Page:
- in IP Cameras
Outdoor IP Cameras
Obviously outdoor IP cameras need to be weatherproof and dust resistant so it’s worth checking theses standards in detail before making any purchase. There are degrees of both and some may be built to a higher specification than others. As well as protection from the incursion of moisture from rain or snow they should also have a casing that stops dust and insects from reaching the vital parts, and they should be able to operate in both extremes of temperature i.e. the direct sun of a hottest summer’s day and the worse of the winter frosts. Even if the manufacturer’s specifications given these assurances it’s still worth protecting them still further by installing them under the eaves or in shade so that they are protected from the worse of the weather.
The term “wireless” refers to the signal from the camera to the software in the PC or monitoring station, but they still need a power source, so unless you are confident in drilling through external walls to fit a power cable you may wish to ask a qualified electrician to do this for you as the job may also involve adding a new power socket on the internal wall. Make sure it’s a double socket so that you can use the second socket for a PoE connection if you need it. Alternatively you can fit an external power socket but the drilling will still be required and this could work out the more expensive of the two options for power.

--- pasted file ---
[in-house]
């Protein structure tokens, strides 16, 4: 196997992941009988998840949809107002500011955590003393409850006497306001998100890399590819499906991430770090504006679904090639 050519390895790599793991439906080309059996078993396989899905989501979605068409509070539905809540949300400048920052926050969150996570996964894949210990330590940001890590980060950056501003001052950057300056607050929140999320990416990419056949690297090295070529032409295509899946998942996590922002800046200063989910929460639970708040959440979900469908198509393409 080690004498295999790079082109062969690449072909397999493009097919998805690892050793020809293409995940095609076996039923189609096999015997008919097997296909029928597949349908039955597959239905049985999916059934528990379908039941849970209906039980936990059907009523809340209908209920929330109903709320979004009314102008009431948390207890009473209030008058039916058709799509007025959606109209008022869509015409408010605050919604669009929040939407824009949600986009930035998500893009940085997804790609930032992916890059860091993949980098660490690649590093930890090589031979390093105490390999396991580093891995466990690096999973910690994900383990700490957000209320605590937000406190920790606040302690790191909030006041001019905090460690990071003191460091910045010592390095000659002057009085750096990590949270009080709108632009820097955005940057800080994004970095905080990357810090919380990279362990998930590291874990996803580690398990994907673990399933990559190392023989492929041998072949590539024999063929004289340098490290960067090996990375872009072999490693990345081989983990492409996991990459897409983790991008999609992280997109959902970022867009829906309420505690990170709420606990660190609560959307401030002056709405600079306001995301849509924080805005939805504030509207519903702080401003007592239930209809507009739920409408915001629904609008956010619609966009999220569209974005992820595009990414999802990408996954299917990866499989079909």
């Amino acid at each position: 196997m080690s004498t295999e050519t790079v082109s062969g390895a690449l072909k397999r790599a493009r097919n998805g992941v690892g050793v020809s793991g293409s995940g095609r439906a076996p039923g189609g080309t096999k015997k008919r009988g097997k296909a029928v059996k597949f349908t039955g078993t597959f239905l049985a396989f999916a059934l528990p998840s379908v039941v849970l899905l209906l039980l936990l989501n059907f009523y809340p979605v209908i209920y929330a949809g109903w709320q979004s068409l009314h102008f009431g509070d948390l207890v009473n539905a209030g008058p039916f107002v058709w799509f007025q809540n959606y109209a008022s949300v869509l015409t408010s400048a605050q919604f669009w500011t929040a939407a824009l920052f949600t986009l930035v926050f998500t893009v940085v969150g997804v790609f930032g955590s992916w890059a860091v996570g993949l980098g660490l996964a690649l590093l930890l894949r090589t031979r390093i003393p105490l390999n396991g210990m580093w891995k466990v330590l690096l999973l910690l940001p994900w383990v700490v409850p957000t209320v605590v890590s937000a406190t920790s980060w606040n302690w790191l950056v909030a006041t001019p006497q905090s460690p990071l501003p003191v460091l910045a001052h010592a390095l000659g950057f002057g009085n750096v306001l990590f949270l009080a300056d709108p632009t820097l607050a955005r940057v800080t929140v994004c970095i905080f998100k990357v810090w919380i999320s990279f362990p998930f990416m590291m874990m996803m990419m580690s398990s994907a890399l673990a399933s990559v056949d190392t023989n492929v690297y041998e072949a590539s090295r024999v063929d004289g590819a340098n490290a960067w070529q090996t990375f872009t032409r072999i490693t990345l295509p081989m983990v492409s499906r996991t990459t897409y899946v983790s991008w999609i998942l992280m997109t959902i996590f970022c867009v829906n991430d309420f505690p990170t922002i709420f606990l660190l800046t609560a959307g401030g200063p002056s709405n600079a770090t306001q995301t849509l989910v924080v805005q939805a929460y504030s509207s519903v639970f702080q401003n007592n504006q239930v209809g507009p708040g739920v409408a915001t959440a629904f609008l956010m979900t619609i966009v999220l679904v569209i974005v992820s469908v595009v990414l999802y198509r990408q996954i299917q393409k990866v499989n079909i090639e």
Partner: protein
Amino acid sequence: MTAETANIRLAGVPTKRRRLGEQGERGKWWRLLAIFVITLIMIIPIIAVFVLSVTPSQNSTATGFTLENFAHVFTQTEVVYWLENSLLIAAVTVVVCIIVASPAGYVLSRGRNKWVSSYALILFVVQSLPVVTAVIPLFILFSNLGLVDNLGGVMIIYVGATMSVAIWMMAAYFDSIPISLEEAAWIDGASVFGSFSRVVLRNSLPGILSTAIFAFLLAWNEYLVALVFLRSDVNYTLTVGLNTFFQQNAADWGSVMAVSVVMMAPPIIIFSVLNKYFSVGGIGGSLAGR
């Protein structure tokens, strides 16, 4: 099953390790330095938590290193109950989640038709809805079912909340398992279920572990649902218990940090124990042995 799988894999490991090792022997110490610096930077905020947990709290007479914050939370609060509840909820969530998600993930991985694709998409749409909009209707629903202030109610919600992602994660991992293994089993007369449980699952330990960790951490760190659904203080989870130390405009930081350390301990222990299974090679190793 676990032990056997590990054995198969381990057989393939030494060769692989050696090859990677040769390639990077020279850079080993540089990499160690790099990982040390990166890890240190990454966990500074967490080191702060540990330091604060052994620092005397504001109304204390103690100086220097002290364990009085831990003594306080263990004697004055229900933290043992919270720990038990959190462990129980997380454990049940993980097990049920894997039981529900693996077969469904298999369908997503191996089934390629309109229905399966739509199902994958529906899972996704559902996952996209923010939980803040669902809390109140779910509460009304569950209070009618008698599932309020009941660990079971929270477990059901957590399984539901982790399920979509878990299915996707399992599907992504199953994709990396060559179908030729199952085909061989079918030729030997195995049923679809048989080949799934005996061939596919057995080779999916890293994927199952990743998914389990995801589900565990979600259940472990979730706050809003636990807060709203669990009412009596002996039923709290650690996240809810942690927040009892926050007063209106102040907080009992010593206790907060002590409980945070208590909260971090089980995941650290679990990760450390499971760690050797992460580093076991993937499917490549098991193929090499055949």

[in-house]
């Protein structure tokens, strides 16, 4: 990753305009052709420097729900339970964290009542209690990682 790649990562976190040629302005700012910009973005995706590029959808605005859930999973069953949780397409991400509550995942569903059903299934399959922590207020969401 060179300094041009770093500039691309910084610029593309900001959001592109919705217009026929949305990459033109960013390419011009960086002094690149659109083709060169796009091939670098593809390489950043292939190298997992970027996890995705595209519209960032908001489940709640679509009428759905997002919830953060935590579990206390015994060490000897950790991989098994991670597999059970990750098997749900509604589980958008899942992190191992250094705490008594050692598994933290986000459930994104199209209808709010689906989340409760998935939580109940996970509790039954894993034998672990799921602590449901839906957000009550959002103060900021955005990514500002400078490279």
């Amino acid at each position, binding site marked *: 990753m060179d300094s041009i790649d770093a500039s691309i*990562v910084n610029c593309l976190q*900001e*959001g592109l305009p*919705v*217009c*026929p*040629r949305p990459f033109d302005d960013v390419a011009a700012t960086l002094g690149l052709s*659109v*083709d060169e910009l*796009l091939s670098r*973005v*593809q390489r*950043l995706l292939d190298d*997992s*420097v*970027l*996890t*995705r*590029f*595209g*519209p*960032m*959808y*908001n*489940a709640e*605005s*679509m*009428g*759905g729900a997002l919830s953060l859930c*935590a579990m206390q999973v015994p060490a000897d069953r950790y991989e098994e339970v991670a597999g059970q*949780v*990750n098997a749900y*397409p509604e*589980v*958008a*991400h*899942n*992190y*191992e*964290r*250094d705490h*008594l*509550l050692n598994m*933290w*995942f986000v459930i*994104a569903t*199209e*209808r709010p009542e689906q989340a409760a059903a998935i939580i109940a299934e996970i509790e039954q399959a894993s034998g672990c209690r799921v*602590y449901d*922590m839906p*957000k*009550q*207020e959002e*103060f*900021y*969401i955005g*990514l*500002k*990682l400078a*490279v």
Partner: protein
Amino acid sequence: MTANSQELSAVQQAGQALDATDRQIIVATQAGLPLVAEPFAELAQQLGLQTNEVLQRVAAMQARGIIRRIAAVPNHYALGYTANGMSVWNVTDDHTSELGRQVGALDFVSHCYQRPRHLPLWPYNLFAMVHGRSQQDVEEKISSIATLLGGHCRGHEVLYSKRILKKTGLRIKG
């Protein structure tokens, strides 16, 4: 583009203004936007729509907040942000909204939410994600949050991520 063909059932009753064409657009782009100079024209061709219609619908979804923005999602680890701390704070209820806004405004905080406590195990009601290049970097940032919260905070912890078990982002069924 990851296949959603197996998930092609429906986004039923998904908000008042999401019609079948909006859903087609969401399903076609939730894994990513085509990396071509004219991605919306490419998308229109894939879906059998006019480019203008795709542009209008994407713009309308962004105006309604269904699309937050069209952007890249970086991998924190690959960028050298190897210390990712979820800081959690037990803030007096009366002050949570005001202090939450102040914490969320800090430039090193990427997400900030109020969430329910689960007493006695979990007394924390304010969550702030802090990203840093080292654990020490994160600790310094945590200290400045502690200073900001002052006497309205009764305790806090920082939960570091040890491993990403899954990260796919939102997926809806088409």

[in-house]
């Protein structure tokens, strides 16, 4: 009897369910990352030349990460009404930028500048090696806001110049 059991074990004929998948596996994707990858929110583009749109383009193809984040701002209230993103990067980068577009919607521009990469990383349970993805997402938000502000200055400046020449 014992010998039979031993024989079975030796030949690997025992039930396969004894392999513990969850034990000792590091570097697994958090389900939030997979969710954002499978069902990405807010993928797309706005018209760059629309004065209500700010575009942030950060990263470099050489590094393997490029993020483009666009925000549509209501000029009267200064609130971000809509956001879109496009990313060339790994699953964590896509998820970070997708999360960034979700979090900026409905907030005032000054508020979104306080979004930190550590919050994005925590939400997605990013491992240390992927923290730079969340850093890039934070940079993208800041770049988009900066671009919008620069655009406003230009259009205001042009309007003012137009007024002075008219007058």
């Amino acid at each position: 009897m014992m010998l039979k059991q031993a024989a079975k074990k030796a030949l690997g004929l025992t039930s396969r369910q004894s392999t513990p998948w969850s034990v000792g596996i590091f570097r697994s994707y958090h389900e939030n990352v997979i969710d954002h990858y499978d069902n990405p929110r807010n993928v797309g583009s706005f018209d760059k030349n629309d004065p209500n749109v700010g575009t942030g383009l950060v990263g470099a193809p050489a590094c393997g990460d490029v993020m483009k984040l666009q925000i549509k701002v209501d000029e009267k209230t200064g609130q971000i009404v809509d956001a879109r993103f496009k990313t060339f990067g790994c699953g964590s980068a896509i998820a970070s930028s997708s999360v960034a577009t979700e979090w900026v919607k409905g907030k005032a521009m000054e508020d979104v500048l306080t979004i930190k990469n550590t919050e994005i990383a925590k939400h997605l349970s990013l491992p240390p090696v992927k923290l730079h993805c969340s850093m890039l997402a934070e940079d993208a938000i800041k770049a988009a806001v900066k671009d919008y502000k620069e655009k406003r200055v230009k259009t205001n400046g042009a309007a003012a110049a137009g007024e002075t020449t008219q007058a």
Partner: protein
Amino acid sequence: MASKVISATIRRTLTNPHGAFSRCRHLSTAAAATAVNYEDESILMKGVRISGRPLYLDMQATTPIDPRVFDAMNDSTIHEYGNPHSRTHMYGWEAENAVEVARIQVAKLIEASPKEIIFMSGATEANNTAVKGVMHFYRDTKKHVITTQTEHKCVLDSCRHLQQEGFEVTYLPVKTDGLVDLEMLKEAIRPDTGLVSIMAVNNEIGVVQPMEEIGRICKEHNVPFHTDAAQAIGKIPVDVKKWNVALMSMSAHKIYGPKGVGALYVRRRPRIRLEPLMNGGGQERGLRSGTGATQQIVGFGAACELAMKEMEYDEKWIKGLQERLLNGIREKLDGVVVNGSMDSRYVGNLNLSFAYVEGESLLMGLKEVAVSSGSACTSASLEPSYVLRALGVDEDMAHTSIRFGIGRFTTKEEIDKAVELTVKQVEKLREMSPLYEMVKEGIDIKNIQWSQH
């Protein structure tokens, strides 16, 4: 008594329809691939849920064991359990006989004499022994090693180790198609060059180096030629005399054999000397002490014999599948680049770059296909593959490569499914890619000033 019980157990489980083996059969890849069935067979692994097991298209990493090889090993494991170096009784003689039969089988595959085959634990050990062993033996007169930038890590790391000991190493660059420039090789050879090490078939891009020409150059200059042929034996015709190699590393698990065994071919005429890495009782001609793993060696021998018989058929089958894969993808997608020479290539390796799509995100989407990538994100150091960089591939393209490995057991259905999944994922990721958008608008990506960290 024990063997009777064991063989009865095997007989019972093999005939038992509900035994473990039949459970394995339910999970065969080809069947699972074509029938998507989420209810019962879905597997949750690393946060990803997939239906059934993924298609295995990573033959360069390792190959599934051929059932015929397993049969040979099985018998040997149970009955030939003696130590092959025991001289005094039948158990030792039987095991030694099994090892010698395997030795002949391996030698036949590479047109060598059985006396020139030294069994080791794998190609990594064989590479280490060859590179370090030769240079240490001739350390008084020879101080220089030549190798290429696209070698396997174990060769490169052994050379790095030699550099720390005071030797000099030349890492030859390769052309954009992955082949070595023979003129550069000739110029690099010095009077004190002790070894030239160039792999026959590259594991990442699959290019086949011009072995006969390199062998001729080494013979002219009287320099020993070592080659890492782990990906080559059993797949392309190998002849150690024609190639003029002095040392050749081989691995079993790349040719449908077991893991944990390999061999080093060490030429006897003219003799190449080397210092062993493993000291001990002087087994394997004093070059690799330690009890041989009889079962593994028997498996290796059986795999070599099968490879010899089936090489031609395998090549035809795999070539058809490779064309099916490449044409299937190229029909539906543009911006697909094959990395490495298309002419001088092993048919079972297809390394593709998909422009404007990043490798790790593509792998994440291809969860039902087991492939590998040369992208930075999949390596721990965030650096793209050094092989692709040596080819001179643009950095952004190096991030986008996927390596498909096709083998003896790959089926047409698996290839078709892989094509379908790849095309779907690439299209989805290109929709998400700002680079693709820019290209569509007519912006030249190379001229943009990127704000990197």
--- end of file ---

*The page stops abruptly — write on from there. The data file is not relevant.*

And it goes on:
IP Camera Essentials
Every device on a network will have a MAC address and most will have an IP address to. Your IP camera is no exception and although it can work without an IP address it’s easier to manage if you allocate a fixed IP address to it. It it highly likely that the IP address will be in the RFC 1918 range of private addresses e.g. 192.168.1.100 255.255.255.0. It will pick up an address dynamically via DHCP, just like any other device you connect to the LAN (Local Area Network) that was created the moment you powered up the router. However, your IP camera software should also have an administration area (accessible through a web browser) and in the setup or configuration sections you should be able to allocate a fixed IP address.
It’s worth spending some time getting to know all the various parts of the administration area. This is where you can control the username and password for the camera, add new users, upgrade the firmware, and change various other settings. Although most cameras are designed to be plug and play, and will work with little or no configuration, it may be important for you to harden the security and to change things from the default settings.
Where are IP Cameras Used?
Home outdoor IP cameras are used for other purposes beside deterring would-be intruders from entering the main property. They can also maintain a watchful eye on cats and dogs housed outdoors in kennels. ponies, horses, or any kind of livestock, outdoor property that is vulnerable to theft of vandalism, or for capturing footage of wildlife, particularly at night using the camera’s infra red capabilities. Deer, foxes, and badgers are often filmed in urban areas as well as in the countryside.
The fact is that you can use these cameras in ways that make them a useful asset as opposed to an expense that only has one purpose. Get to know your camera’s functions and features. Check the recordings and you may soon find you have enough footage to create a video montage of the wildlife that passes by, both day and night.